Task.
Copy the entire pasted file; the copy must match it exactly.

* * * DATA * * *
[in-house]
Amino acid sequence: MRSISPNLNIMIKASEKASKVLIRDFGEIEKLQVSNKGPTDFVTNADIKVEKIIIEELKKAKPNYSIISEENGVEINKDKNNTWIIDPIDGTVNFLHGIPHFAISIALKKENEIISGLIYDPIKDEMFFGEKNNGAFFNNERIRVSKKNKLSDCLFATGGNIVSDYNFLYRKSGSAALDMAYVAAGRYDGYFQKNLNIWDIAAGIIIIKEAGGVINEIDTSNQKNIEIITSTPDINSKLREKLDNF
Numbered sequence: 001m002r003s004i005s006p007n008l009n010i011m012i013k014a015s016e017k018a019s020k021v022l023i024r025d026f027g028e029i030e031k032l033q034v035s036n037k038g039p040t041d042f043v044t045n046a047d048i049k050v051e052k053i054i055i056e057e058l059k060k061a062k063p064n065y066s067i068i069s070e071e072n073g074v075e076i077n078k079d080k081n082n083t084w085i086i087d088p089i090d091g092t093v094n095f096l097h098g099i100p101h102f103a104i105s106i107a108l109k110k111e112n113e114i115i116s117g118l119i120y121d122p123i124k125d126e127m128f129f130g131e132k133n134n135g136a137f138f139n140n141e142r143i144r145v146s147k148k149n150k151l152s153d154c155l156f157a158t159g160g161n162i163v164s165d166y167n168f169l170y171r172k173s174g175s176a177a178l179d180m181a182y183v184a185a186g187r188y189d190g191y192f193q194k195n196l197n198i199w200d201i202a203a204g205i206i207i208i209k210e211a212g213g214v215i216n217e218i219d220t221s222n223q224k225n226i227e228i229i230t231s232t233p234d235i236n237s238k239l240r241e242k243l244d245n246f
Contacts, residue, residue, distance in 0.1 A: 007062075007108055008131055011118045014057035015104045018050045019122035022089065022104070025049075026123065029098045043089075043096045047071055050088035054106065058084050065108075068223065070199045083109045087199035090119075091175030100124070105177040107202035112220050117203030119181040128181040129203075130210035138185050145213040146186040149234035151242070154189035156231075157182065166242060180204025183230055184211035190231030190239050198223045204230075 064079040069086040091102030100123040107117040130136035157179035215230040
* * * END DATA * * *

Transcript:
[in-house]
Amino acid sequence: MRSISPNLNIMIKASEKASKVLIRDFGEIEKLQVSNKGPTDFVTNADIKVEKIIIEELKKAKPNYSIISEENGVEINKDKNNTWIIDPIDGTVNFLHGIPHFAISIALKKENEIISGLIYDPIKDEMFFGEKNNGAFFNNERIRVSKKNKLSDCLFATGGNIVSDYNFLYRKSGSAALDMAYVAAGRYDGYFQKNLNIWDIAAGIIIIKEAGGVINEIDTSNQKNIEIITSTPDINSKLREKLDNF
Numbered sequence: 001m002r003s004i005s006p007n008l009n010i011m012i013k014a015s016e017k018a019s020k021v022l023i024r025d026f027g028e029i030e031k032l033q034v035s036n037k038g039p040t041d042f043v044t045n046a047d048i049k050v051e052k053i054i055i056e057e058l059k060k061a062k063p064n065y066s067i068i069s070e071e072n073g074v075e076i077n078k079d080k081n082n083t084w085i086i087d088p089i090d091g092t093v094n095f096l097h098g099i100p101h102f103a104i105s106i107a108l109k110k111e112n113e114i115i116s117g118l119i120y121d122p123i124k125d126e127m128f129f130g131e132k133n134n135g136a137f138f139n140n141e142r143i144r145v146s147k148k149n150k151l152s153d154c155l156f157a158t159g160g161n162i163v164s165d166y167n168f169l170y171r172k173s174g175s176a177a178l179d180m181a182y183v184a185a186g187r188y189d190g191y192f193q194k195n196l197n198i199w200d201i202a203a204g205i206i207i208i209k210e211a212g213g214v215i216n217e218i219d220t221s222n223q224k225n226i227e228i229i230t231s232t233p234d235i236n237s238k239l240r241e242k243l244d245n246f
Contacts, residue, residue, distance in 0.1 A: 007062075007108055008131055011118045014057035015104045018050045019122035022089065022104070025049075026123065029098045043089075043096045047071055050088035054106065058084050065108075068223065070199045083109045087199035090119075091175030100124070105177040107202035112220050117203030119181040128181040129203075130210035138185050145213040146186040149234035151242070154189035156231075157182065166242060180204025183230055184211035190231030190239050198223045204230075 064079040069086040091102030100123040107117040130136035157179035215230040